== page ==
Isaiah 43: 14-21; Acts 1: 1-11
May 13, 2012
Today’s scripture passage is on the ascension of Jesus. This is not something we Christians talk about much. We don’t know quite what to do with it, honestly. We do a pretty good job with Easter, and we get our red on for Pentecost, which is coming in a few weeks. But the whole “Jesus-being-taken-up-into-heaven” thing doesn’t get a lot of press time.
Nevertheless, it’s what we find there in the very first chapter of Acts – the sequel, if you will, of Luke’s gospel; written by the same person. The ascension is a way of bridging the work of Jesus and the work of the early church, led by the Holy Spirit. It’s a way that we as followers of Christ understand our calling to continue what he started, even as he himself is no longer with us to do it.
But make no mistake, y’all: the ascension of Jesus is awkward. There’s really no other way to put it. Maybe this is why we kind of gloss over it. Jesus has gathered his disciples together. They ask him if it is time – time to complete the restoration of Israel, which is what Jesus said he’d do. Jesus tells them no one knows the time; but that until the time comes, they are witnesses – witnesses to what they had seen and heard to those who didn’t get a chance to see and hear. They are to carry the torch, so to speak; continue what Jesus had started.
That’s what he’s telling those disciples there. And then, before they get a chance to respond, before they get a chance to say anything, Jesus is gone. Just……gone.
Awkward! I’ve always tried to imagine what this must have looked like, you know? How exactly did this ascension happen? I kind of envision it like when you release a helium balloon into the air – which, by the way, you never should do, because it’s bad for the birds – but just for the sake of argument, how that balloon rises up and up and up into a crystal blue sky, and how it gets smaller and smaller and smaller until it’s just a tiny little dot, barely visible. And then at some point you can’t see it anymore – you know it’s there, somewhere up there, but you can’t see it. That doesn’t stop you from looking, though – at least for a little while. You keep looking to see if you might catch a glimpse of it again. Just looking.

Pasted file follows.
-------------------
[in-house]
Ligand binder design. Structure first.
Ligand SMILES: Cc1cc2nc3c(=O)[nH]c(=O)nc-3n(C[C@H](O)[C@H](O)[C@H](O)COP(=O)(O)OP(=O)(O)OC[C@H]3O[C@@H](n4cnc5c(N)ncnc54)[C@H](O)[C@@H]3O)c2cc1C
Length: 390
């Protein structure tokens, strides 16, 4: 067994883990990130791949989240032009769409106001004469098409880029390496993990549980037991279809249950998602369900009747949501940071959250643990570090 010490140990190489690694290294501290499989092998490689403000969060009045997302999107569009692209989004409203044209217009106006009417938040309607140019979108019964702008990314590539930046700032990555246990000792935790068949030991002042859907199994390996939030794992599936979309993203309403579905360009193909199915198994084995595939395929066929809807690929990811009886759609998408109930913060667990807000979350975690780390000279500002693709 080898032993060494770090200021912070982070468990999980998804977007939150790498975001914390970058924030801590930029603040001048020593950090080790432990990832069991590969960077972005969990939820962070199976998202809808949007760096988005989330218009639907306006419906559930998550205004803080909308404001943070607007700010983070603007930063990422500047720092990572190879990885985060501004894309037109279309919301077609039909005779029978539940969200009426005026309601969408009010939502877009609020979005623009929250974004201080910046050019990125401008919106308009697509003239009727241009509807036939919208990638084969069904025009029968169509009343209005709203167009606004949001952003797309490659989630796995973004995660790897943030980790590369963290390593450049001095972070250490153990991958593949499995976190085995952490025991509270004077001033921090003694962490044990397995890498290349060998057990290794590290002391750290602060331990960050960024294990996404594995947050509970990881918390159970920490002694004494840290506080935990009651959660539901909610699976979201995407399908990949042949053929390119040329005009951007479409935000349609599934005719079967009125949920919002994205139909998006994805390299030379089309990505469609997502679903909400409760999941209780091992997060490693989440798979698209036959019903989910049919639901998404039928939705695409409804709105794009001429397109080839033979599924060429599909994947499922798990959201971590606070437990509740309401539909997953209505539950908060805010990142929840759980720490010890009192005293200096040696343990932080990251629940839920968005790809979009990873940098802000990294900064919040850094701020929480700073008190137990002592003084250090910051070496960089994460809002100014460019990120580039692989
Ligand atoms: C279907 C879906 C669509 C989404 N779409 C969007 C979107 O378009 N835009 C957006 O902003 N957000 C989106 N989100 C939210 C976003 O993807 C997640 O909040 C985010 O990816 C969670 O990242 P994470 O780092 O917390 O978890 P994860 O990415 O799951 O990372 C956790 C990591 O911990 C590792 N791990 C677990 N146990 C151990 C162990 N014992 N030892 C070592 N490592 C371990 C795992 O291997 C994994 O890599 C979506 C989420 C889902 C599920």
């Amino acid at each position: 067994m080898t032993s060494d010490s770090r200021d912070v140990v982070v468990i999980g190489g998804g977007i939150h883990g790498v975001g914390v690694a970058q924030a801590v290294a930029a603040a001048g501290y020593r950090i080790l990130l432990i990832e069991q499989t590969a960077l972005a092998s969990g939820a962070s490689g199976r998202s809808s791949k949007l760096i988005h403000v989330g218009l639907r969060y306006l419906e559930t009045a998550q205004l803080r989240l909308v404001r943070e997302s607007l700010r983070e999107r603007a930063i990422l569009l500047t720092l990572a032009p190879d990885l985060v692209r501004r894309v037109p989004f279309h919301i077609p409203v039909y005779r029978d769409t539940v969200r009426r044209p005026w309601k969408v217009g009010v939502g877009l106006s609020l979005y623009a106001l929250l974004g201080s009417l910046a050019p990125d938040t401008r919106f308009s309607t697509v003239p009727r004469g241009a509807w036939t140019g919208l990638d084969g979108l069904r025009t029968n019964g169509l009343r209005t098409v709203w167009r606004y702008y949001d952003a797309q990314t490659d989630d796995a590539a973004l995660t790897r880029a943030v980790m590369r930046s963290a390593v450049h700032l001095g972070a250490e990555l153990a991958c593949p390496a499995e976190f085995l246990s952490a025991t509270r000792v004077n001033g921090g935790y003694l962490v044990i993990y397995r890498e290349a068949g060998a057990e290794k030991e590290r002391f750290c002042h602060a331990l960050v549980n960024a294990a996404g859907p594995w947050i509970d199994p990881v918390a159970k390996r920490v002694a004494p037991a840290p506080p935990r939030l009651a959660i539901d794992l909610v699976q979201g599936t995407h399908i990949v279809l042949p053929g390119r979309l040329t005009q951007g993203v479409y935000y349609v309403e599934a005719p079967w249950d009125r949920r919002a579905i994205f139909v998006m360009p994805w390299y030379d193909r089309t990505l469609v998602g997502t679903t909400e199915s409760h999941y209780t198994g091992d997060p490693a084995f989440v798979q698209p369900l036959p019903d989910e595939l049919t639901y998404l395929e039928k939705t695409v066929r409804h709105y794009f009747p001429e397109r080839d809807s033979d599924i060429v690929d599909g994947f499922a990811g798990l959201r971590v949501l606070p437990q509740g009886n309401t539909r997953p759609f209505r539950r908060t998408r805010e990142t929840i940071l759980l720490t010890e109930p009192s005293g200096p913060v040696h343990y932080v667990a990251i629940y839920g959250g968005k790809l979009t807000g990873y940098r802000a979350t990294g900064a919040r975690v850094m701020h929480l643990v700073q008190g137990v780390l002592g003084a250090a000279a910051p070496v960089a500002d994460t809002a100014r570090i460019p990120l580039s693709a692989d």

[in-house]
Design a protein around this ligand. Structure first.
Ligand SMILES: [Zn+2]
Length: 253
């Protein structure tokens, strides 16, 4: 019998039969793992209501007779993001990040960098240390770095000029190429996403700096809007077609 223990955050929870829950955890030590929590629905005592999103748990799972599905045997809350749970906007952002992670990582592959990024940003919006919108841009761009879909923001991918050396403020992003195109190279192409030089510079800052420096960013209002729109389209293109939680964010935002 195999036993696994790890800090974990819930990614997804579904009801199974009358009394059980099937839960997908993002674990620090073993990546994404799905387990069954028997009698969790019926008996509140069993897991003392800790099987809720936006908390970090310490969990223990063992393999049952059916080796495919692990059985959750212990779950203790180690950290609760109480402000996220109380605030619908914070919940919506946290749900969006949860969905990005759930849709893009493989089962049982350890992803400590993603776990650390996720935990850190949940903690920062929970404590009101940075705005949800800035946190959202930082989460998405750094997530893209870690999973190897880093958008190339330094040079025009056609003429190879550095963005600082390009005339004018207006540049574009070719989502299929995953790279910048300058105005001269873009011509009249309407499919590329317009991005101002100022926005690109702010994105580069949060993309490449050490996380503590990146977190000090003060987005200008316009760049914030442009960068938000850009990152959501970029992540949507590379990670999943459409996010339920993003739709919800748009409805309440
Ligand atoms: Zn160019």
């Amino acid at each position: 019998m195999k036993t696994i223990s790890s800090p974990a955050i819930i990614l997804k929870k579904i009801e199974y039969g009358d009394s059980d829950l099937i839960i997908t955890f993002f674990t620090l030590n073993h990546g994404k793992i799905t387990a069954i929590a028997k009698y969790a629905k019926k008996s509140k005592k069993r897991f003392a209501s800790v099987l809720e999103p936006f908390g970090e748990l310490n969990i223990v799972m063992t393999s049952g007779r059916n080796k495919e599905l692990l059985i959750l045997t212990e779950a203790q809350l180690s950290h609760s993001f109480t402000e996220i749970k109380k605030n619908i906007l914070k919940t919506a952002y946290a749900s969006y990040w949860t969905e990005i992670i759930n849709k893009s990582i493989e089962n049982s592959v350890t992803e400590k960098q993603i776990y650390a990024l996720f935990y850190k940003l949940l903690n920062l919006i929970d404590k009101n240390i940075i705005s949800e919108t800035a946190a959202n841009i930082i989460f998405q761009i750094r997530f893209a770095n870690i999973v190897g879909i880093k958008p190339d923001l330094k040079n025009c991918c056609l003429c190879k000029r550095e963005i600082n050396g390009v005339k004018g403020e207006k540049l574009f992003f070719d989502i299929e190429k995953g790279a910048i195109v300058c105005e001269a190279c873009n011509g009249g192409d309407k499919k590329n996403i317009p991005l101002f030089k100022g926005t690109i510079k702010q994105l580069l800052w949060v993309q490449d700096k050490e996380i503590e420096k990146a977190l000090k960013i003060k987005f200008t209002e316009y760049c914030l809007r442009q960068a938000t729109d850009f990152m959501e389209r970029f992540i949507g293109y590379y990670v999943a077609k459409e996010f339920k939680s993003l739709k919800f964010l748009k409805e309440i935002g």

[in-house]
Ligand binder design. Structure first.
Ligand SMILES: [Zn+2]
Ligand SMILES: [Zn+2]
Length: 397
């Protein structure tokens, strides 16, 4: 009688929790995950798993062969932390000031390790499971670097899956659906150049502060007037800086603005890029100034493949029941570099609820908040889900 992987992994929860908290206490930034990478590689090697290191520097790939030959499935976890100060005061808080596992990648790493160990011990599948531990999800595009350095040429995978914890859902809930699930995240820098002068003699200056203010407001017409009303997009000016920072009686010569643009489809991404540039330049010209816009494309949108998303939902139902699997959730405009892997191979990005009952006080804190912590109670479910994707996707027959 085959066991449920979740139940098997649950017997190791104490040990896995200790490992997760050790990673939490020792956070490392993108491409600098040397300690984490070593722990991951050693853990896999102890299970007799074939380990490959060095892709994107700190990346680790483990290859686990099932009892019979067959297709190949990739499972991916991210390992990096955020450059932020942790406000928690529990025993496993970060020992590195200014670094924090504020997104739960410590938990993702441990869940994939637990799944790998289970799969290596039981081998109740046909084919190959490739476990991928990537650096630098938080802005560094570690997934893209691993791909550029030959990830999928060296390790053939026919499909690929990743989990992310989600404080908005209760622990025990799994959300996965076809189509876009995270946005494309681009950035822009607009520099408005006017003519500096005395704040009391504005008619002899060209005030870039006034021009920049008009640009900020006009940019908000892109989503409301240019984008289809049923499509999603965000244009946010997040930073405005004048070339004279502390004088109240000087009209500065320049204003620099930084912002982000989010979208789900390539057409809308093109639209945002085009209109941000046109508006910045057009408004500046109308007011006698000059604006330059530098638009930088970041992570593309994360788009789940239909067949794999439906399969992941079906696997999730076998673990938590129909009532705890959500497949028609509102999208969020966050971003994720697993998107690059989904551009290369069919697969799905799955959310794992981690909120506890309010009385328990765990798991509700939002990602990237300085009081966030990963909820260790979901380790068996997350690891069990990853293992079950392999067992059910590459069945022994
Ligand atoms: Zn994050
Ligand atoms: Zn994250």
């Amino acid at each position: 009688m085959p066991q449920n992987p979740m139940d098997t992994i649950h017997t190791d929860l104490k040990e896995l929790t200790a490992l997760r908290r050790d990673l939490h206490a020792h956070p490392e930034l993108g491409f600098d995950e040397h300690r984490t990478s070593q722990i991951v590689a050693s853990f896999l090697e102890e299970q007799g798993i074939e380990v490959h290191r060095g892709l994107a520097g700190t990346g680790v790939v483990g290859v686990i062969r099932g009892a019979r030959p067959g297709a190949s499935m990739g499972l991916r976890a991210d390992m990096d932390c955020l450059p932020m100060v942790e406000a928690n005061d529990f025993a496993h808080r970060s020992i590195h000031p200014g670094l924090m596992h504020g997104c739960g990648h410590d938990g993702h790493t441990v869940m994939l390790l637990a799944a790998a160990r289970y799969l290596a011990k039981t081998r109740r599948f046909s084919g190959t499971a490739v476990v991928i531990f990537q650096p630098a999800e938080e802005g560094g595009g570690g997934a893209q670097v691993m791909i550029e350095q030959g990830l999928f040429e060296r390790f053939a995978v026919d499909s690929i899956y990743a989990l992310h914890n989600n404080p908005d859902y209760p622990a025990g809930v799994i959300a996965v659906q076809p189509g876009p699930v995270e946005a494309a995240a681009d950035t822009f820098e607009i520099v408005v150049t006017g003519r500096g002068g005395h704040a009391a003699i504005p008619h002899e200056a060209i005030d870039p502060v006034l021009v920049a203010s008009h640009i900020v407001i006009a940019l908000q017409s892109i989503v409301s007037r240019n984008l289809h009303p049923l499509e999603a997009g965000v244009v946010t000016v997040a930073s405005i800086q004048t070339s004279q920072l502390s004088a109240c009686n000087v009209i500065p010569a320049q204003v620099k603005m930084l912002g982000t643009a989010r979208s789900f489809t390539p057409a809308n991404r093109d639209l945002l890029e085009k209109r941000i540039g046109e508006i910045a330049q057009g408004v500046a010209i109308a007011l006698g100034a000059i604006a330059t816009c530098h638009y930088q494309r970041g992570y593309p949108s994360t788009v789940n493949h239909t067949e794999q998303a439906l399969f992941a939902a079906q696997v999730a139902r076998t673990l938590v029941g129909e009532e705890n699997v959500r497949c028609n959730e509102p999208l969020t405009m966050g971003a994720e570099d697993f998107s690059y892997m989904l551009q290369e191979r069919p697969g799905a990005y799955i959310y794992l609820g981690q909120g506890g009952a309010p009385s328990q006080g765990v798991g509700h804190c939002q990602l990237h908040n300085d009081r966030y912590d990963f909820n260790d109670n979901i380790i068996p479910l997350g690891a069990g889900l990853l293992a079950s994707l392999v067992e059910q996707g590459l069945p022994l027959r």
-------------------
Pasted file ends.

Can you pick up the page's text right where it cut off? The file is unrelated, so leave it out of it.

Was that what it was like the day that Jesus ascended? All those faces, looking up…..? How long do you think they stood there, huh? Five minutes? Ten? Twenty? Thirty? I like the way someone in our Bob Chilton Bible study put it this past week: when you see something go up, you expect it to come down! How long did they stand there, looking up to try and see Jesus again?..........
Do you figure some other folks kind of wandered onto the scene; people who just happened to see this crowd looking up and wondering to themselves what they were looking at? I mean, it’d pique your curiosity a bit, wouldn’t it? Do you figure some of them kind of joined in, adding to their numbers, staring up at an empty sky?
Eventually you have to figure some of them gave up looking and walked off. I mean, there comes a point when you realize, he’s not coming back! What goes up doesn’t necessarily come down. So I imagine there were a few who peeled off, one by one. But I bet there were others who kept standing there; kept looking up, like they were trying to find that helium balloon they couldn’t see anymore but knew was up there, somewhere……
They’re still looking when these two guys in white show up. We’re not sure how they got there. Maybe they were part of the crowd that wandered onto the scene. And their voices cut through the silence of this upward-focused bunch, and they said: Hey people – why are you just standing there staring up at an empty sky?